I found this on the Frieght liner page. A good start.
It’s very important that you have your Freightliner motorhome chassis serviced at key points in its life cycle. Routine maintenance work is performed at the FCCC Factory Service Center or at any Freightliner dealership. Please visit our website (www.freightlinerchassis.com
) for more information on maintenance needs and timing as well as the address, phone number, and directions to the factory Service and Training Center. You can also find local dealership information for Canada and U.S. on our web*site (www.freightlinerchassis.com
Radiator and Charge Air Cooler Maintenance
On chassis equipped with a rear radiator, it is very important that the radiator and charge air cooler be inspected at regular intervals. Cummins® recommends inspecting the charge air cooler every 7,500 miles. This is because air and dust blown through the radiator and charge air cooler can build up and reduce the airflow through the cooling system. This is considered part of normal maintenance.
From the engine side of the radiator, use a flashlight to look into the fan shroud at the face of the charge air cooler. If there is any dirt buildup, this should be cleaned using a water hose and a mild solvent. If this is not done, the system can become clogged and can result in engine overheating.
Engine Compartment Maintenance
When camping in remote areas, check the engine compartment for small animals that may have taken refuge for the night before starting your engine. They like the warmth of the engine compartment but will make a real mess if you start the engine while they are nestled in the fan shroud.
Date placed in storage
Mileage on vehicle
Preparation for Storage Check List
When storing your motorhome for an extended period of time (60 days or more), the following steps should be taken to give it maximum protection.
Fill fuel tank and add a high-quality fuel stabilizer to the fuel (never store with a partially full tank of fuel).
Change the engine oil and filter (used oil does not give adequate protection).
Cooling system was originally protected with antifreeze to -34 degrees F. If colder temperatures are expected, adjust the mixture. If coolant has been in the vehicle for five years or 100,000 miles, flush the cooling system and fill with an appropriate mixture of antifreeze and softened water, and be sure that the coolant contains a rust inhibitor.
If it has been more than 18 months or 24,000 miles since the transmission has been serviced, change the fluid and filter.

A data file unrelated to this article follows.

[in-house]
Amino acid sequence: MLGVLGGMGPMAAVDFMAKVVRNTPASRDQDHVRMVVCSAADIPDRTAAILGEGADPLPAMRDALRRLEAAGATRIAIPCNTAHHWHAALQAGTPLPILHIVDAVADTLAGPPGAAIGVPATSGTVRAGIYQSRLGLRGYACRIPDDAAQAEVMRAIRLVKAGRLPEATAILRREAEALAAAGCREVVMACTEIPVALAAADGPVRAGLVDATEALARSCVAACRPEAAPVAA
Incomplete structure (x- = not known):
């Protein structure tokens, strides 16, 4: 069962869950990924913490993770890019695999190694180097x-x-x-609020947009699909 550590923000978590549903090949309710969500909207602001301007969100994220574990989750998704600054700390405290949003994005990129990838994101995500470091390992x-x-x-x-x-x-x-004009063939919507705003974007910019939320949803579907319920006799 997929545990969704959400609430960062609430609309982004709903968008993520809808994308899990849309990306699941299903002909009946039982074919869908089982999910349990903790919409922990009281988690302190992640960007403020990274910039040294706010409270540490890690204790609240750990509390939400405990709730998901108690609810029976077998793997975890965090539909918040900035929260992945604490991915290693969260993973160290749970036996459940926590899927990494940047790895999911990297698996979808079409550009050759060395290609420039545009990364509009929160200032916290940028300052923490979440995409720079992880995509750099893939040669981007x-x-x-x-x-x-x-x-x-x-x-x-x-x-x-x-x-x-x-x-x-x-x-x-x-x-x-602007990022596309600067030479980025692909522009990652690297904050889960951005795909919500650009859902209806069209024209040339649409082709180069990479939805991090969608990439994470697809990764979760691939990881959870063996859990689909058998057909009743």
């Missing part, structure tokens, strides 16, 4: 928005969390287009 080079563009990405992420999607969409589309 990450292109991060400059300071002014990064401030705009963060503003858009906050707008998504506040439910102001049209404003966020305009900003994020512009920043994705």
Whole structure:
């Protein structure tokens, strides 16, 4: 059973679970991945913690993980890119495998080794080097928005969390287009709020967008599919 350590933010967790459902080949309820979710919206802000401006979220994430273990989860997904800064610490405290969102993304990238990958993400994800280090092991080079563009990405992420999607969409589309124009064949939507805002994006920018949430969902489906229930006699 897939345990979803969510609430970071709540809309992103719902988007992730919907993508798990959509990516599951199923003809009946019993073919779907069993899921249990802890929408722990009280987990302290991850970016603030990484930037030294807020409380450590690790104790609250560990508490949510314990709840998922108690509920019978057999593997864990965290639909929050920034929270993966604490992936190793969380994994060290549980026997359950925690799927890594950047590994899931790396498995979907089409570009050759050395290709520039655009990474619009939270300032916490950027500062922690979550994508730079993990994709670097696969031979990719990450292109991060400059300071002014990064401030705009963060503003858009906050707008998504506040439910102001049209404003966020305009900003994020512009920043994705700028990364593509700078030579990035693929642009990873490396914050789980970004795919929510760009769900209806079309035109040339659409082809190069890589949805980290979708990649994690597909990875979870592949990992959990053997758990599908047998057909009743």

Service the fuel filters.
Run the engine until fully warmed up.
Operate the air conditioning.
If possible, store the vehicle in a dry, well-ventilated area, protected from sunlight.
Check tires for damage and set tire pressure to maximum as indicated on the sidewall of the tire. Clean the tires using the normal, mild soap that you would use to clean your RV.
If possible, raise the vehicle onto safety stands. Do not store the vehicle on the hydraulic leveling jacks. Hydraulic jacks will “bleed” pressure over time, lowering the coach back onto the tires.
Cover tires to protect from heat and sunlight.
If possible, release the parking brake.
Remove and clean the battery. Always disconnect the negative (-) cable first. Store the battery in a cool, dry place and keep it charged.
Lubricate all grease fittings on the chassis and drivetrain.
Cover all engine and transmission openings with moisture-resistant tape.
When removing your motorhome from storage, follow these steps.
Remove covers from tires and thoroughly inspect the tires for damage. Inflate them to the correct pressure for the actual weight on the tires. Consult the Michelin® Tire Guide for correct tire pressure. Weigh your coach if you don’t know the coach weight.
Check for fluid leaks. Repair as necessary.
Check engine oil level. Add oil if needed.
Check coolant level in reservoir and radiator (do not open radiator cap on hot engine).
Check hydraulic fluid level in reservoir. Add fluid if needed.
Check engine belts for wear, damage, or cracking.
Check engine fan for damage.
Check fuel/water separator. If empty, prime fuel system per instructions in your operator’s manual.
Check engine compartment for nesting animals. Check for leaks and damage to hoses and wiring.
Check rear-axle lubricant level.
Lubricate chassis and drivetrain.
Check the charge level of the battery. Clean ends of battery cables. If batteries need to be removed or replaced, install a clean and fully charged battery. Always connect the positive (+) cable first and then the negative (-) cable. Coat the battery terminals and connectors with a protective sealant.
Turn the ignition to the RUN position. Verify that the fuel gauge and voltmeter are operating properly.
If stored on safety stands, lower vehicle at this time and set the parking brake.
Run engine until warm. Re-check for fluid leaks.
Check transmission fluid level using the Cold Check method in your Allison® transmission operator’s manual. Add fluid if necessary.
Check all exterior lights, and replace as necessary.